Katie Yackey
Katie Yackey is the eCommerce Analyst at Mintel. She analyzes consumer ecommerce behavior, uncovering how they interact online with brands, retailers, and ecommerce capabilities.

The outbreak of COVID-19 is forcing retailers to evaluate just what their supply chains and warehouses can handle. Retailer’s ecommerce channels are seeing huge growth as consumers increasingly shop online to avoid any in-store contact or search for products unavailable in-store. With spring and summer holidays rapidly approaching, retailers have to prioritize necessary products and some are cutting down on sales to discourage large basket sizes, something unheard of in the retail industry, to ease the burden on supply chains. As we saw with Easter, COVID-19 will continue to change the way consumers shop for and celebrate holidays – with Mother’s and Father’s Day up next.

Easter: what happened

As one of the first major holidays under quarantine, Easter was a litmus test for what upcoming holidays may look like. The majority of consumers still celebrated, albeit in less fanfare than usual.

Family fun

With fewer gatherings this spring, retailers turned their focus to crafts and comfort, especially for families with young children. Retailers from Target to Michael’s offered ideas for fun at-home crafts for kids and sweet treats parents could add to their basket as well. While Easter egg hunts were restricted to in-home and backyards only, parents ensured their kids still had a memorable Easter.

Grocers thanked their own

Many grocery retailers, including Target, Trader Joe’s, Sam’s Club, Costco, BJ’s, and Aldi, showed appreciation for their employees who have been dealing with the brunt of consumers during the pandemic by closing their doors for Easter Sunday, giving them all a much-needed break. Other grocers limited their operating hours to allow shoppers to pick-up essentials or last-minute items for small celebrations. Grocers across the nation recognized the hard work of their teams and showed appreciation for their employees who are on the frontlines of the pandemic.

Ecommerce filled in the gaps

Since many shoppers were avoiding stores leading up to the holiday, retailers such as Target, Walmart, Amazon, Michaels, and CVS had dedicated Easter landing pages for their websites. Consumers had to order early, knowing that shipping delays may be an issue but were able to put together Easter festivities for them and their families.

Future holidays: what to expect

Mother’s and Father’s Day will likely be impacted in many US markets as stay-at-home orders remain in place or are slowly drawn back. Many storefronts are likely to remain closed through at least Mother’s Day, and like Easter, online retailers will start messaging earlier. Consumers will begin shopping earlier to avoid potential shipping delays. Since consumers in the US will still be impacted by COVID-19, gifters will focus on items and experiences around health, wellness, spirituality, personal care, or other areas that uplift the mindset of the receiver. Gift cards for future-forward experiences everyone can enjoy together post-pandemic may also see increased appeal. Regardless of the situation, consumers will focus on ways to express their love and gratitude toward loved ones whether or not they can be together in-person.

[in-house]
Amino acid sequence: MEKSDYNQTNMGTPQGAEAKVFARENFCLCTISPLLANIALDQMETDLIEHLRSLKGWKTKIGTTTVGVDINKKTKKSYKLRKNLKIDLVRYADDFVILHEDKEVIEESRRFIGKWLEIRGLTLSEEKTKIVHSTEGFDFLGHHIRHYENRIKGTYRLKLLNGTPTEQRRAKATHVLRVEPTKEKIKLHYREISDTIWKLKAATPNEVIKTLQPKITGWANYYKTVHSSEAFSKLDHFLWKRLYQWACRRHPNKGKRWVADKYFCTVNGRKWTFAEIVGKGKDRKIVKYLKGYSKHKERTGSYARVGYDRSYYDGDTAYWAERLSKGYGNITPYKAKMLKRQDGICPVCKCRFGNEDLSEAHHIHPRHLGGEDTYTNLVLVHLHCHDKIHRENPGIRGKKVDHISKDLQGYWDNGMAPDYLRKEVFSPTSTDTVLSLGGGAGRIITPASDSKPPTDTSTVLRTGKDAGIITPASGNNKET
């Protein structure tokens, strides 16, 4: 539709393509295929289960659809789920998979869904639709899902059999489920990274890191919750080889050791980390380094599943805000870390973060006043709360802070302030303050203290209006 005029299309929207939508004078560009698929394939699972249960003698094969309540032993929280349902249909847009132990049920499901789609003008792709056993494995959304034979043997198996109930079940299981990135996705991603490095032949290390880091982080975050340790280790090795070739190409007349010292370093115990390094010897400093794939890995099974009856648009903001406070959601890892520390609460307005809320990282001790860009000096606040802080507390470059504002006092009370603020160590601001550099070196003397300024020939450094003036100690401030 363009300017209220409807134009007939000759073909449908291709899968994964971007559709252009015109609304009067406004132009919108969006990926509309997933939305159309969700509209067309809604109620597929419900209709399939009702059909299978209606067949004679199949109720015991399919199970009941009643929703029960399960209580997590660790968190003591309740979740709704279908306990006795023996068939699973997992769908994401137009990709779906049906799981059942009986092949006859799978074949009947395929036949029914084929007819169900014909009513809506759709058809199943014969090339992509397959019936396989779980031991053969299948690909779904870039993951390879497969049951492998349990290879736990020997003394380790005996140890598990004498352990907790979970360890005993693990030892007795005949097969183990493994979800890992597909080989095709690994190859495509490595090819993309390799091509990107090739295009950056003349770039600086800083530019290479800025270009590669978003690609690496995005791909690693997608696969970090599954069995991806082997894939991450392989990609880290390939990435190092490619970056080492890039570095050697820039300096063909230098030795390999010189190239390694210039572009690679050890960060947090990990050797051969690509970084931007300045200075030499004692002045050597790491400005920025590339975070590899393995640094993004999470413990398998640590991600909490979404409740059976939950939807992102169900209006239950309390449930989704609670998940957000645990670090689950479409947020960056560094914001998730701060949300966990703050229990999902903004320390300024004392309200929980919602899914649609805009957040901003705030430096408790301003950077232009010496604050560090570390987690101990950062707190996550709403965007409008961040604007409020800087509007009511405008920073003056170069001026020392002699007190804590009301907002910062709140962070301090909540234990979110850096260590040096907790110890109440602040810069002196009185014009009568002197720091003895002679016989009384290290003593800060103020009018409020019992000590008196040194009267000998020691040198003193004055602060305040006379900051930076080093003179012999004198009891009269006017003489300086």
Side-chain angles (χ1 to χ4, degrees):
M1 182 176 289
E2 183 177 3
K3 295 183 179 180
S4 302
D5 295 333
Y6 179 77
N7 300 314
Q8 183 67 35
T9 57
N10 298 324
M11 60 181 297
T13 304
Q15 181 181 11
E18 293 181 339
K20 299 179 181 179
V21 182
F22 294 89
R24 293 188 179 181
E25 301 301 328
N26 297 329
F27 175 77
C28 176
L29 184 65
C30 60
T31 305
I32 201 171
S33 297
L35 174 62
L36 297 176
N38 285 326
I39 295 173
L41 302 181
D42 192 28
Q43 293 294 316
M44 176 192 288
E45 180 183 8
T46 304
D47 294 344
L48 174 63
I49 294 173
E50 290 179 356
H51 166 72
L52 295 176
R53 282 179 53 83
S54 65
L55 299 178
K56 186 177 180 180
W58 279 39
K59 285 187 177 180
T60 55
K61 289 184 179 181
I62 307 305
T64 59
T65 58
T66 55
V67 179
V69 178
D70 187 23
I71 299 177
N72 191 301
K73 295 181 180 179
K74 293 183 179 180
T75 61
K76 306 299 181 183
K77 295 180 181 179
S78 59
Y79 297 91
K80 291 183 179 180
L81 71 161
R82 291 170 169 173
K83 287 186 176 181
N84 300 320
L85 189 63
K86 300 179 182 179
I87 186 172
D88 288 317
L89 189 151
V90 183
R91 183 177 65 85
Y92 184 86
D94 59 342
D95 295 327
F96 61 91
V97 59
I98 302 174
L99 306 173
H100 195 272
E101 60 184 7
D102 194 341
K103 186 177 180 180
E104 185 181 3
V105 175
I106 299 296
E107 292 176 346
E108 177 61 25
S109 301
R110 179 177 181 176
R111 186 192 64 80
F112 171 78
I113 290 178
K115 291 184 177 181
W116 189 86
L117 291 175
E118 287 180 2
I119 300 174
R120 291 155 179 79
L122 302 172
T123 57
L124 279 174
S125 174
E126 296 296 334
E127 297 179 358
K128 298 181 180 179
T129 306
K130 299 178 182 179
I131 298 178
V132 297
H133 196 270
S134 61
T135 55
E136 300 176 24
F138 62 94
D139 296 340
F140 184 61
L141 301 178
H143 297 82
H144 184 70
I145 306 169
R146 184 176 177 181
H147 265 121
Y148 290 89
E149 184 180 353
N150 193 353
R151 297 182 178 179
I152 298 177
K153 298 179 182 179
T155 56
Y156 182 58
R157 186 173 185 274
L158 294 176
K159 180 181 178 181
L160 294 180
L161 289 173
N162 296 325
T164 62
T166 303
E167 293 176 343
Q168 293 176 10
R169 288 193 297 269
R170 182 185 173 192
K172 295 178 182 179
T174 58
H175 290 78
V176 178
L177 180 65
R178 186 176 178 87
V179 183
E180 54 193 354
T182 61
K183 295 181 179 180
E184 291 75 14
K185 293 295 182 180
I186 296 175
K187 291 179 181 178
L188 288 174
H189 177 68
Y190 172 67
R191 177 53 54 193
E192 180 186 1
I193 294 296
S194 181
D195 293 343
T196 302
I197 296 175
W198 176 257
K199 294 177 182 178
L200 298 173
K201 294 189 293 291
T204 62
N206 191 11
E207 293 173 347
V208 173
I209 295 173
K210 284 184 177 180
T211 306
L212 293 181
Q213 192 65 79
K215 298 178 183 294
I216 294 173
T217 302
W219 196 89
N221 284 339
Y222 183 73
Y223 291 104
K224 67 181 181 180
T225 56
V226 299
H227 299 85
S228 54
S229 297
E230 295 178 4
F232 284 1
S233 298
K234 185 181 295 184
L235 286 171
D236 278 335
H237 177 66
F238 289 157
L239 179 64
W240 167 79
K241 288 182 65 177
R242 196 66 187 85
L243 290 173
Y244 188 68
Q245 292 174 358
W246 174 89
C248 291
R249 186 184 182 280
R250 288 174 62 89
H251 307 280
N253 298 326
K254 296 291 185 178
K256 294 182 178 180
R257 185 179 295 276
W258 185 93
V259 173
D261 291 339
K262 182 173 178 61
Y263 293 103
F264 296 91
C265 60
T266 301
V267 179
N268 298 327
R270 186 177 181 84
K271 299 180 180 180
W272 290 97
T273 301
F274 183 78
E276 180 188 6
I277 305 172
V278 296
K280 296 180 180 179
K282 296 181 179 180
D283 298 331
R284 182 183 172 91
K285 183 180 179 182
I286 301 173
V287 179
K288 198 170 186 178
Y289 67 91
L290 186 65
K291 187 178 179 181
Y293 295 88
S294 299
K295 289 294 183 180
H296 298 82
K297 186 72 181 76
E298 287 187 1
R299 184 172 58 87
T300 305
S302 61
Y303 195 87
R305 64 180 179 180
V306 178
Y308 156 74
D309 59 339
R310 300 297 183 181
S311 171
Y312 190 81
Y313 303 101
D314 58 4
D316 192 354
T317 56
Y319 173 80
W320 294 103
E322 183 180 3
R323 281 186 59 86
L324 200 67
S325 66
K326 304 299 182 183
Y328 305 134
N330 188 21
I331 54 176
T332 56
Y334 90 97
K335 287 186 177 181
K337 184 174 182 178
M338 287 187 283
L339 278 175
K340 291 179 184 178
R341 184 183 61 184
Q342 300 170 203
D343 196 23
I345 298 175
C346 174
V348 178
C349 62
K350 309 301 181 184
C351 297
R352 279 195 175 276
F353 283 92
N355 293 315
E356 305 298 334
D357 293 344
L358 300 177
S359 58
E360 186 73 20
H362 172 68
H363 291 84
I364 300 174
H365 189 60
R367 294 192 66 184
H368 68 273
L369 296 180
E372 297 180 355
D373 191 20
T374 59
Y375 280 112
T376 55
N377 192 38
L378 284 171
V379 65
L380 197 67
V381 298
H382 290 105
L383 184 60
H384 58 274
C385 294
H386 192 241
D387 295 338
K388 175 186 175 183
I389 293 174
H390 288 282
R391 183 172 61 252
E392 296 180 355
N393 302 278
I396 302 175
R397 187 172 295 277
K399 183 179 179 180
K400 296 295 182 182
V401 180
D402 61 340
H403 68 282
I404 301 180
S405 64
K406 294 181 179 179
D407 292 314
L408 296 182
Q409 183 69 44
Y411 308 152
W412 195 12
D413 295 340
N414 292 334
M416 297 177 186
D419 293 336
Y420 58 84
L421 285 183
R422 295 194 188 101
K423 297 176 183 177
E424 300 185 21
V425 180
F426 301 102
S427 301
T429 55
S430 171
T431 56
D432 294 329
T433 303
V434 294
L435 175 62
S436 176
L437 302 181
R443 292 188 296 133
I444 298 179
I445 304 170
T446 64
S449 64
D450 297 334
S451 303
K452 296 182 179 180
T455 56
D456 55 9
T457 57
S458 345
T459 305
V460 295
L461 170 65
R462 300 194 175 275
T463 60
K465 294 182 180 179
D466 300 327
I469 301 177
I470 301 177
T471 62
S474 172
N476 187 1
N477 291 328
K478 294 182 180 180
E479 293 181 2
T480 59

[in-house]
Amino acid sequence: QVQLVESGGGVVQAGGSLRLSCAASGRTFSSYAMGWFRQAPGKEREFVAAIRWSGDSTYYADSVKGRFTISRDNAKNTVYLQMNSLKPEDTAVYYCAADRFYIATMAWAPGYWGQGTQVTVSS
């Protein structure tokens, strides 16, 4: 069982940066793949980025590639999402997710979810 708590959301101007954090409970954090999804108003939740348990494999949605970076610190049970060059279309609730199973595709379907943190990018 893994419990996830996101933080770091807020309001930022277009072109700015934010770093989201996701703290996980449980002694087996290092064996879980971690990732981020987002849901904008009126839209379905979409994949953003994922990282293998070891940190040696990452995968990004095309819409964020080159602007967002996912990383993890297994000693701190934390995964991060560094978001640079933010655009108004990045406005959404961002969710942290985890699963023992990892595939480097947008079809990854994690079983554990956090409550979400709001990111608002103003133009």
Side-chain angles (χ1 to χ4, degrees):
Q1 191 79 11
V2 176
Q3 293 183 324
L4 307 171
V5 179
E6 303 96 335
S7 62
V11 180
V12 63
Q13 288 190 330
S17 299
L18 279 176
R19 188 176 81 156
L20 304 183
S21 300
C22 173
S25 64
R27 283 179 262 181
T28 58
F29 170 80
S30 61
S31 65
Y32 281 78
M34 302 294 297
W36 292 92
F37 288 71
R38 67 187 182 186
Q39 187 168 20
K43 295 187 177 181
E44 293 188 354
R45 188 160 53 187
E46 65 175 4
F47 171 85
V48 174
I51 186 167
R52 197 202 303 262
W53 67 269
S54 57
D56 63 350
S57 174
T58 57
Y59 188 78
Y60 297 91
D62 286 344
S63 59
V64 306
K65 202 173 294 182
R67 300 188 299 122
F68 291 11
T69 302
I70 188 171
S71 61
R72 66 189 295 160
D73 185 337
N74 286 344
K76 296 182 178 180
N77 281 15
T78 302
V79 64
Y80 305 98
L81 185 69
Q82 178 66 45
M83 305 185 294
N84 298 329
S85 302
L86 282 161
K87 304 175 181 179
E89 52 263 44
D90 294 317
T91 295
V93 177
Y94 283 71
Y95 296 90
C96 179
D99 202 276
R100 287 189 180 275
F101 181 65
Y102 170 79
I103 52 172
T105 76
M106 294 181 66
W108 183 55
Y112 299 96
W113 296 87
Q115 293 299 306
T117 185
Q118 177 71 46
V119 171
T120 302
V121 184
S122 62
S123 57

If restrictions are lessened heading into July, retailers can lead with a “start fresh” mentality as communities slowly open back up and enjoy the summer. Retailers will need to recognize that many consumers have been affected by un- or under-employment in the last few months, which could lead to more controlled spending. Nonetheless, the 4th of July will be a bigger holiday than in years past, especially if most of the US is beyond the worst of COVID-19. Themes of patriotism, unity, and community will resonate with consumers, creating ample opportunity for sales and promotions. Labor Day will also be important as everyone looks to extend their summer as much as possible. Consumers will be looking at retailers for ideas on how to do so.

What we think

Beyond summer, we expect consumers will continue to utilize online shopping as the value and convenience benefits were highlighted during the COVID-19 pandemic. Consumers may not rush into back-to-school shopping as they have in the past. Many will try to make do with financial or inventory limitations. Retailers should look for ways to support financially-strapped families, schools, and teachers who pay for their own supplies. As the winter holidays approach, consumers may start their holiday shopping earlier than usual to take advantage of sales. Overall, winter holiday shopping will be down as consumers navigate a potential recession, a presidential election, and concerns over coronavirus returning. Consumers will continue to gravitate toward gifts that focus on health and wellness and bringing people together.

While consumers’ approaches to shopping for the holidays may differ than in years past, there will be a heightened desire and appreciation for being able to celebrate with others – whatever that may look like.